10 April 2014

Divemaster Internship Week 4

Its been a while since my last post (and way more than a week).  This is because there were a number of things that happened during that week that I have had to take time to process and to come to terms with.  It is my policy to be honest on this blog, but at the same time I want it to be upbeat and positive for the reader and usually I subscribe to the the mantra that if I don't have anything nice to say, then I don't say it.  In this case, however, I feel that I need to finish the story of my Divemaster Internship.

There were some high points during the week.  I completed two of the DM requirements with very good results.  I got 90% for my theory exam and I got 92 / 125 for my skills demonstration tests.  One of the requirements of the PADI DM course is to be able to demonstrate all the skills from the open water course in such a way that students will be able to understand and replicate them.  Since it has been 10 years since I practiced some of these skills and others I just did so that they worked, it took some practice for me to get them up to demonstration standard.  The video above was taken the morning before I did my skills test and I found it very useful to be able to "see" what I was doing.  Little things like remembering to keep my fingers when counting closer to my face and trying to look relaxed like it was "easy" and I wasn't concentrating like hell on what to do next or what I'd forgotten.  The good news is that I managed to convince the instructor who assessed me and I passed :)

But the undercurrents that I'd felt in the previous weeks finally came to the surface.  There were 2 members of the instruction staff that I'd had difficulties working with and in 2 events that week things came to a head.  The first was the last of my physical test skills - the tired diver tow.  I knew that I had not done well in the previous tests and needed to do well in this in order to complete my DM.  Unfortunately I didn't.  I was upset at not having achieved a fast enough time, but the final straw was the instructor who turned around to me and said something to the effect of "you really need to decide whether or not you want this and if I were you I'd get out there and start swimming now".  That was the final straw for me (I hadn't passed any of the tests above at that point) and I broke down.  I'd really had enough of feeling like being treated (by this particular instructor) as a complete idiot and not getting my questions about how to do things answered in a civil manner.  At that point I seriously considered packing up my bags and going home.  Fortunately I was able to discuss this with one of the owners who was completely unaware of this.  His response confused me.  He said I was a customer (which I was) and I shouldn't be so unhappy.  It then felt like rather than ensuring I was capable and competent in doing tasks management were trying to get me through the course and out of there as quickly as possible.  It was not a pleasant experience.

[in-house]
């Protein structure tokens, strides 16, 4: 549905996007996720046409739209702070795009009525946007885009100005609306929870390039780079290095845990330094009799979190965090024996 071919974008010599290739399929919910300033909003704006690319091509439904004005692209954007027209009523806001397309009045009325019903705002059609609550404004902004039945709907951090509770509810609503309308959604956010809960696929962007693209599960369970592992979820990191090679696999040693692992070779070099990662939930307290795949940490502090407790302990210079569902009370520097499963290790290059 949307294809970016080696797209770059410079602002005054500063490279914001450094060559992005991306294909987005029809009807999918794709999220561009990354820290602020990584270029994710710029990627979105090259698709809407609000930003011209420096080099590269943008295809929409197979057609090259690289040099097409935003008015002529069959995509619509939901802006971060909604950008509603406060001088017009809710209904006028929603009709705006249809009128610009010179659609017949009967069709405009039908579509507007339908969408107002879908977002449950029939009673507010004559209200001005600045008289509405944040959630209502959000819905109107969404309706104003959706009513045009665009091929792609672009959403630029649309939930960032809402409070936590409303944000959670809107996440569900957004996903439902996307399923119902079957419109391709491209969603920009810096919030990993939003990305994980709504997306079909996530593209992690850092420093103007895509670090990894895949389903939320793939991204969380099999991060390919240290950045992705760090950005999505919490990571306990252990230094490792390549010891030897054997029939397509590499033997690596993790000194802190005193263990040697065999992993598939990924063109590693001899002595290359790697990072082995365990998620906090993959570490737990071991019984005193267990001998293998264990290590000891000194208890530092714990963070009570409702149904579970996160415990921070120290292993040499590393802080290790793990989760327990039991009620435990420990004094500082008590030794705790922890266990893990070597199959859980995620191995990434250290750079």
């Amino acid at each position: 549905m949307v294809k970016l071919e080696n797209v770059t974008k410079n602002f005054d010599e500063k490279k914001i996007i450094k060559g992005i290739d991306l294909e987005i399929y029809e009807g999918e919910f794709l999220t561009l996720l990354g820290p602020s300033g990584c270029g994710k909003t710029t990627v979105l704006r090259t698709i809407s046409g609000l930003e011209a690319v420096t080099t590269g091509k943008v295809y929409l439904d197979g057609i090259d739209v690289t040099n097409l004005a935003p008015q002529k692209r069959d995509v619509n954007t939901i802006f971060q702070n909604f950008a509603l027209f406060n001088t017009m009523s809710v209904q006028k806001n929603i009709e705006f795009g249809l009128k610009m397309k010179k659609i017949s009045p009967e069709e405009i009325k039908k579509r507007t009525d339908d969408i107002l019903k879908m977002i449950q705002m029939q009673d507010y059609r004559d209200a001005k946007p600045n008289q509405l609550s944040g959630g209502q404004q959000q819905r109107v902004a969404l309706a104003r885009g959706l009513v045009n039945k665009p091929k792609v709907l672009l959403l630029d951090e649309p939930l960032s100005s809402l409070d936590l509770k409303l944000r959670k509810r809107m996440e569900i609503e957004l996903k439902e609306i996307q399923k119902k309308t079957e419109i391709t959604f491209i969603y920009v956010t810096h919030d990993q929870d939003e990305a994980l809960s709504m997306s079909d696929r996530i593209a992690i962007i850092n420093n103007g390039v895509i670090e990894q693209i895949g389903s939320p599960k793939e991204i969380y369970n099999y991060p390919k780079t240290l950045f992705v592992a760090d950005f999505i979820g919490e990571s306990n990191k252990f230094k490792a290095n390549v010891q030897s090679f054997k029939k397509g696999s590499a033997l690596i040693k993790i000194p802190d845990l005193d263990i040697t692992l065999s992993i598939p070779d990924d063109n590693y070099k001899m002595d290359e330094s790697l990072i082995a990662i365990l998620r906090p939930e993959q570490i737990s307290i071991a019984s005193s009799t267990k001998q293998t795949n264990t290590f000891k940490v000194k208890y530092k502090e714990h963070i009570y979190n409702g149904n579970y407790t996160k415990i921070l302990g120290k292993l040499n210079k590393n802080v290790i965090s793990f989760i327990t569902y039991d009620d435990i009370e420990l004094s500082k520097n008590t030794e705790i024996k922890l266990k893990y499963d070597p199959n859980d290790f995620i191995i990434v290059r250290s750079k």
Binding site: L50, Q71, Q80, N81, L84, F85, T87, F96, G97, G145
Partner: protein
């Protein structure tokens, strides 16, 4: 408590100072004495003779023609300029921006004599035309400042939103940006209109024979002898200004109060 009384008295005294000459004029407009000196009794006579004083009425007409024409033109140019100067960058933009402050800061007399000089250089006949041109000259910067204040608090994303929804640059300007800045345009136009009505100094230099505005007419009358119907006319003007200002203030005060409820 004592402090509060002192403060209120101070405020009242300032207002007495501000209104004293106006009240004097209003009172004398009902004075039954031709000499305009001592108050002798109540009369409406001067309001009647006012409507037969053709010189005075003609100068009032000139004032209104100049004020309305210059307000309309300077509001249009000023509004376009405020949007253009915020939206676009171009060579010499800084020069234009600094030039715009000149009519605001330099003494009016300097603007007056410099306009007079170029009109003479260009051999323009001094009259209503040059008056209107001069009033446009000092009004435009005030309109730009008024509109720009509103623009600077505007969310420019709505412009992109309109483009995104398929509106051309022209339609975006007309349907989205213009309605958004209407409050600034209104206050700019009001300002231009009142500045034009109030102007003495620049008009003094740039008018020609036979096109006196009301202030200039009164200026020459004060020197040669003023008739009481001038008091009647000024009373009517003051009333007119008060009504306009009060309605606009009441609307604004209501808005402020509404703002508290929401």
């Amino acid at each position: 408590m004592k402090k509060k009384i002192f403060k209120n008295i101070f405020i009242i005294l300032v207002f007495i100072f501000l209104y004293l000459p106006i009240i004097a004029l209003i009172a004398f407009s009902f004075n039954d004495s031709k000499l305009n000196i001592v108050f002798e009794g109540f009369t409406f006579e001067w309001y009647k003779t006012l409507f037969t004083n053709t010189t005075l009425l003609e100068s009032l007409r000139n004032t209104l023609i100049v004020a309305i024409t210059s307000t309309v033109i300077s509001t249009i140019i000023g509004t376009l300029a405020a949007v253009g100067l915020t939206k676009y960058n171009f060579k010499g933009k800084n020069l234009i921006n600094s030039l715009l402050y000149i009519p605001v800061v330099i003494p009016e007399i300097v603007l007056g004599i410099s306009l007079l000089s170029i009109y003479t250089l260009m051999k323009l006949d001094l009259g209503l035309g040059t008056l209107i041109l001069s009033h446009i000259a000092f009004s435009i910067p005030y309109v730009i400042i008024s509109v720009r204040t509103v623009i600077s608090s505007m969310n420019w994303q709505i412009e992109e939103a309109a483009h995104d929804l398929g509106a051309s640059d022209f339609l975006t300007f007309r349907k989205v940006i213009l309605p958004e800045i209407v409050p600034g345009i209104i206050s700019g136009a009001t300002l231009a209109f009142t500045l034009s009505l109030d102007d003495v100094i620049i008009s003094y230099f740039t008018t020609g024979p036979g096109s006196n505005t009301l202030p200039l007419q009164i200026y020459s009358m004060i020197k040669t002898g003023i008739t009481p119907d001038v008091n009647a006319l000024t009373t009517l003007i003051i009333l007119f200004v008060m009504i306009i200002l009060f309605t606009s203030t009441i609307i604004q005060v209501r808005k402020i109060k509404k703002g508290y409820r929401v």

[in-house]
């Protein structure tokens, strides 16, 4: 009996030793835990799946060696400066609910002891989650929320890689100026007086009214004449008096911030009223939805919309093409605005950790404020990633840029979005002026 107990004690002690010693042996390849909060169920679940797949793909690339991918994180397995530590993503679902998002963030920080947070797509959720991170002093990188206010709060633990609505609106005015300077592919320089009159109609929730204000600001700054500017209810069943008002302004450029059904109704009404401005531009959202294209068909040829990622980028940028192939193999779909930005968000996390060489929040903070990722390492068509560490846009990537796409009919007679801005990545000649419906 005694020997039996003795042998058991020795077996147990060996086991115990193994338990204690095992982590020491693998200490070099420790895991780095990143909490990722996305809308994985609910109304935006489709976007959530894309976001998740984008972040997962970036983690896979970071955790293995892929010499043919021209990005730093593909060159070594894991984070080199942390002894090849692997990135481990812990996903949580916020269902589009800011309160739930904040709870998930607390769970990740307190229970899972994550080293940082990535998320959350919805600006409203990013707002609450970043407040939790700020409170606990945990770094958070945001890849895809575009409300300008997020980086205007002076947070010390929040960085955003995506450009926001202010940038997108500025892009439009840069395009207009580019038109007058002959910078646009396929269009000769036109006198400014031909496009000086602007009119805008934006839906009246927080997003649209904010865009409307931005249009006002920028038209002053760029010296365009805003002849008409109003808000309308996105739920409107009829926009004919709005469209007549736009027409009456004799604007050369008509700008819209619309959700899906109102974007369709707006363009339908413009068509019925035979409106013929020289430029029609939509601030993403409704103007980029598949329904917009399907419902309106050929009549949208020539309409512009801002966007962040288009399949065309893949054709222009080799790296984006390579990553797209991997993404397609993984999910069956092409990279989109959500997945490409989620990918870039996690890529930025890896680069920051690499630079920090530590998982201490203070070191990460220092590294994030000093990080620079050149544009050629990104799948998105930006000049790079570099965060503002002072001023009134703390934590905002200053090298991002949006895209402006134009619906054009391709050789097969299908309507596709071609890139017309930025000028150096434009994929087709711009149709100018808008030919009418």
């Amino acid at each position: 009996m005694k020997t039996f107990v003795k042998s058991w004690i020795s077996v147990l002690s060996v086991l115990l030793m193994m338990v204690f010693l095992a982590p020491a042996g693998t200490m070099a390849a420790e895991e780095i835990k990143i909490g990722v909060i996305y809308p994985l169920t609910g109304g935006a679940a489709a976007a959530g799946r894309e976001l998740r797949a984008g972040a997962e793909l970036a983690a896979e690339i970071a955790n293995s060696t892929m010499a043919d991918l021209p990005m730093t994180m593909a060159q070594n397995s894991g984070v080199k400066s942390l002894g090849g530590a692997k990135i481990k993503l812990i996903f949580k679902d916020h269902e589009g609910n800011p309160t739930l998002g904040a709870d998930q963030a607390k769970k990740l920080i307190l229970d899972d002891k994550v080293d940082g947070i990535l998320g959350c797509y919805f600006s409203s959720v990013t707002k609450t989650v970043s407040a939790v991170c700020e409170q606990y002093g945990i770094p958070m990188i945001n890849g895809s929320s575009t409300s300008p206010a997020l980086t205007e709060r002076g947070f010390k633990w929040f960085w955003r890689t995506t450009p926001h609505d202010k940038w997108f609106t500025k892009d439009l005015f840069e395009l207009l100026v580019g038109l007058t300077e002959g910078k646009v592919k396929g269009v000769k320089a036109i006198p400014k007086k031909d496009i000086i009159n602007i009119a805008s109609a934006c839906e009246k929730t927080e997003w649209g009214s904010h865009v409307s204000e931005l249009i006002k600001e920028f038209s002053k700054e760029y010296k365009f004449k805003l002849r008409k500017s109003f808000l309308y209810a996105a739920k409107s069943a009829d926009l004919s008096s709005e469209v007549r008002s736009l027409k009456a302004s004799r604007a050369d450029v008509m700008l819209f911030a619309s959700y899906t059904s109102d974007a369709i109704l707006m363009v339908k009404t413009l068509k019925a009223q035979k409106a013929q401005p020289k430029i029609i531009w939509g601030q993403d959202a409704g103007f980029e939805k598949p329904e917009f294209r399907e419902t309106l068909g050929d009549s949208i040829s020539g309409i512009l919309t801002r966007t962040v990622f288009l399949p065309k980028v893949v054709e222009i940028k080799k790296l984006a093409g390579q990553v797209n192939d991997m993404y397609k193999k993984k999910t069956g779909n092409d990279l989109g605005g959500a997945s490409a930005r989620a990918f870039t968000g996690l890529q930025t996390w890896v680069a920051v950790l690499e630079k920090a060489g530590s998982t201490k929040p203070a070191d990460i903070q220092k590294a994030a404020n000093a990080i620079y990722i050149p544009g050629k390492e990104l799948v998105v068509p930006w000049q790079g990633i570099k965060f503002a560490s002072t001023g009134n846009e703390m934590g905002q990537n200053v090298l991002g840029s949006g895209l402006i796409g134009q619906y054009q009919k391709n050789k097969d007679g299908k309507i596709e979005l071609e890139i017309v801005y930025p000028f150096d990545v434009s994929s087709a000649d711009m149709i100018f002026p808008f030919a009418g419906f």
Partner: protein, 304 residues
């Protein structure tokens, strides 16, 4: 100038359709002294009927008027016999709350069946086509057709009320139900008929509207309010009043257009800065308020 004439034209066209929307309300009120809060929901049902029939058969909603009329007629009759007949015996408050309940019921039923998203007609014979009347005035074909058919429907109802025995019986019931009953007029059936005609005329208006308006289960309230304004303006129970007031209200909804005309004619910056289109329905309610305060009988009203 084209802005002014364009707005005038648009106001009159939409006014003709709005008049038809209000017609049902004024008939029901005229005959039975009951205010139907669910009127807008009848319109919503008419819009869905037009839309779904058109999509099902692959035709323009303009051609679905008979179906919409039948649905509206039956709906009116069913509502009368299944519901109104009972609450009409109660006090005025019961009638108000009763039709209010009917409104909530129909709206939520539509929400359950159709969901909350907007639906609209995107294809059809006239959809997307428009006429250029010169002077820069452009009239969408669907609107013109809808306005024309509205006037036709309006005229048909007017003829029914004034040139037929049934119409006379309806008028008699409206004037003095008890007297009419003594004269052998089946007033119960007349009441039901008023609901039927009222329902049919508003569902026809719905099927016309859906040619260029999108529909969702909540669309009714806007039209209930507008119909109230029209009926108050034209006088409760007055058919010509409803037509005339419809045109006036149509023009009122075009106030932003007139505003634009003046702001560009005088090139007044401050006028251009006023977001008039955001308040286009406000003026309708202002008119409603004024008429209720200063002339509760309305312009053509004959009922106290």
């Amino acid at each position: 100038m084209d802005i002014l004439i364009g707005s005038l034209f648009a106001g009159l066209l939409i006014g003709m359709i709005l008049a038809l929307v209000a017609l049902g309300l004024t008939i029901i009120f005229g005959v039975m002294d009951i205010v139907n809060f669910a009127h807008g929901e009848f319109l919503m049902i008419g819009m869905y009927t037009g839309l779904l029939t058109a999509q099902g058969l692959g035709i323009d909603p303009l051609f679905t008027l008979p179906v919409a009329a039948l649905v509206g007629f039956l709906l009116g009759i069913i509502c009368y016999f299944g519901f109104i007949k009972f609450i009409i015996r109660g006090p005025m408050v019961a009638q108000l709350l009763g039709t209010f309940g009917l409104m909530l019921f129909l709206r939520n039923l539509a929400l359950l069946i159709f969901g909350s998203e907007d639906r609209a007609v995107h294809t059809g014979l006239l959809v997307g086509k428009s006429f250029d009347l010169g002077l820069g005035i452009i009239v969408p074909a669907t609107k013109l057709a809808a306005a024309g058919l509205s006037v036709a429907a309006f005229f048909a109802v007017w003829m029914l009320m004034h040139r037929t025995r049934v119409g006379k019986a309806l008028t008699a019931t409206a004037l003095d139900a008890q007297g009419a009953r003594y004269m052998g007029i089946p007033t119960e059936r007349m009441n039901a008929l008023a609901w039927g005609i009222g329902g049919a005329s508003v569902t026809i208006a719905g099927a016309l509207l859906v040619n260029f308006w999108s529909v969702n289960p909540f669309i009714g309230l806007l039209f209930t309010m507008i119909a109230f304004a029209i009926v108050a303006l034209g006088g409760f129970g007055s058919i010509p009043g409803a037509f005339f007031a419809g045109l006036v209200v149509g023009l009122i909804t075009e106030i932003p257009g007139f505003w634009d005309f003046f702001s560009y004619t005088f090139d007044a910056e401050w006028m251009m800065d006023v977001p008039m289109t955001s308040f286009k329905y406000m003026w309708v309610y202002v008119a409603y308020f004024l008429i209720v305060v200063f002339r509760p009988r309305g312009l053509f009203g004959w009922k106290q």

I can only say a BIG THANK you to the Island staff for looking after me and out for me.  With out you it would've been unbearable.

I have spent a lot of time thinking about what happened and what I could've done differently, but all relationships have 2 sides and it wasn't only me.  I was seriously unhappy at the quality of the mentoring (which is what the DM course is supposed to be rather than skill teaching).  The instructors weren't interested in what I did for a living or that I had 15 years experience in Risk Management.  In their eyes that counted for 0 - even in the risk management section.  I would gladly recommend them for straight skills training - like Open Water or Technical Diving.  They are very good at making sure you can do the steps in the right order.  DM training, however, contains a large number of softer skills which they were unable to explain or demonstrate adequately to me.

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